Randi Ganulin: Inanna
I met Randi Ganulin at the Medium Festival of Photography last year and have been wanting to share her unique imagery for some time. Randi’s self-portrait storytelling examines the fragility and connectedness of life, using photography and illustration to create inner worlds. Born from the need to understand life below the surface, these emotional and sometimes whimsical constructions speak to the unseen narratives in our lives.
Randi grew up in Los Angeles, concentrating on the visual arts in high school where she took her first photography class. Ganulin worked as a designer and illustrator for nearly a decade before returning to school for her graduate studies in photo-based media. She was awarded the Javits Fellowship in the Visual Arts in 1994 and received her MFA from Otis College of Art and Design in 1996. Her work has been shown at numerous venues across the U.S. and is included in several public collections, including the New Mexico Museum of Art and the Center for Fine Art Photography in Ft. Collins, CO. She lives just outside of Seattle with her husband and two children and is an associate professor in the Department of Fine Art at DigiPen Institute of Technology in Redmond, WA.
“All that is visible must grow beyond itself, extend into the realm of the invisible.” –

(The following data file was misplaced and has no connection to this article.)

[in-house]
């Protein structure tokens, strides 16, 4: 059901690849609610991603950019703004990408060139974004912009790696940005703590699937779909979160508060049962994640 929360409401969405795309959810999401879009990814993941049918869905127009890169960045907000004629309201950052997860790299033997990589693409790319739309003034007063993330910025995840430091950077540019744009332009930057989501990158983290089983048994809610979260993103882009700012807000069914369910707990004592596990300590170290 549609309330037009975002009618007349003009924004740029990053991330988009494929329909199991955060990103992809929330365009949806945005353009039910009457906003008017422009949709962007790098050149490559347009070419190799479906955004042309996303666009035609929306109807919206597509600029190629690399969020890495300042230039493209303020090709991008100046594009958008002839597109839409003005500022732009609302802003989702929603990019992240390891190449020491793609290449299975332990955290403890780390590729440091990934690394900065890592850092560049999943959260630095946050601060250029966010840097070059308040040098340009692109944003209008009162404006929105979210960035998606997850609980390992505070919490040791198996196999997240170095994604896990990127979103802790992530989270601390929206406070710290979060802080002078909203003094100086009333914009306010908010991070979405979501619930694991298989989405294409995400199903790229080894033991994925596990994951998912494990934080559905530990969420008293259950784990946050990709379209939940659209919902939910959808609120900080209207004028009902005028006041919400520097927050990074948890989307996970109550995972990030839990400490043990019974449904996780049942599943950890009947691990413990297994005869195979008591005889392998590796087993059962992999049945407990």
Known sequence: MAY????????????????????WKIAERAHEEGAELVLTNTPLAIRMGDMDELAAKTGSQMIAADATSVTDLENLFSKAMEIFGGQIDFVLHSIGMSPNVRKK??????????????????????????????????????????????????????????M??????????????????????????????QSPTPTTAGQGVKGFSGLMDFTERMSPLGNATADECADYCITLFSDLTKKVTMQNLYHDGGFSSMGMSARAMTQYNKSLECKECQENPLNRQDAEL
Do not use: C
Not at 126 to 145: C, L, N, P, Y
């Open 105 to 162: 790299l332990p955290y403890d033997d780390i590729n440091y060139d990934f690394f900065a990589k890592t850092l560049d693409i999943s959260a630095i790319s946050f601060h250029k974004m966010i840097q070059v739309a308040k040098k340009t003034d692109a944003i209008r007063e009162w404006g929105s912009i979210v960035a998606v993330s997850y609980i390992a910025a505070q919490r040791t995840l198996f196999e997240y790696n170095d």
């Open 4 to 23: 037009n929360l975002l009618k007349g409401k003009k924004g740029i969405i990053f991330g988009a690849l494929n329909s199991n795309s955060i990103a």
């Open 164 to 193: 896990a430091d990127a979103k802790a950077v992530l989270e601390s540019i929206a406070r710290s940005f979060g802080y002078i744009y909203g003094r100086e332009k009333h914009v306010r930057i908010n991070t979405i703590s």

the I Ching, or Book of Changes
About three years ago, a close friend of mine was diagnosed with a re-occurrence of a lethal form of cancer. The news hit me like a punch to the gut, throwing me back into myself. I was struck by my need to find evidence of, and believe in, the invisible and intangible world as opposed to the solid, real stuff of day to day existence. The images in Inanna started as a response to this need and attempt to examine and synthesize these two realities.
Inanna is named after one of the oldest existant world myths describing the cycle of death and rebirth. Her story combines the physical (disembodiment) and spirit (re-embodiment) worlds in a tale that has been repeated, with different main characters, across time and across multiple world cultures.
For each of the images I use a self-portrait as the basis, exploring a different aspect of my invisible self– my personal history, fears, beliefs and ideals. The method of layering photographs with drawing is itself metaphorical, representing my best attempts at synthesis. The drawings act a bit like graffiti on a wall, altering and extending their photographic foundations. Quirky and imperfect, their intricacy opens the door for a closer look, creating an opening through which the viewer can make their own connections with the work via their individual life experience.
Posts on Lenscratch may not be reproduced without the permission of the Lenscratch staff and the photographer.
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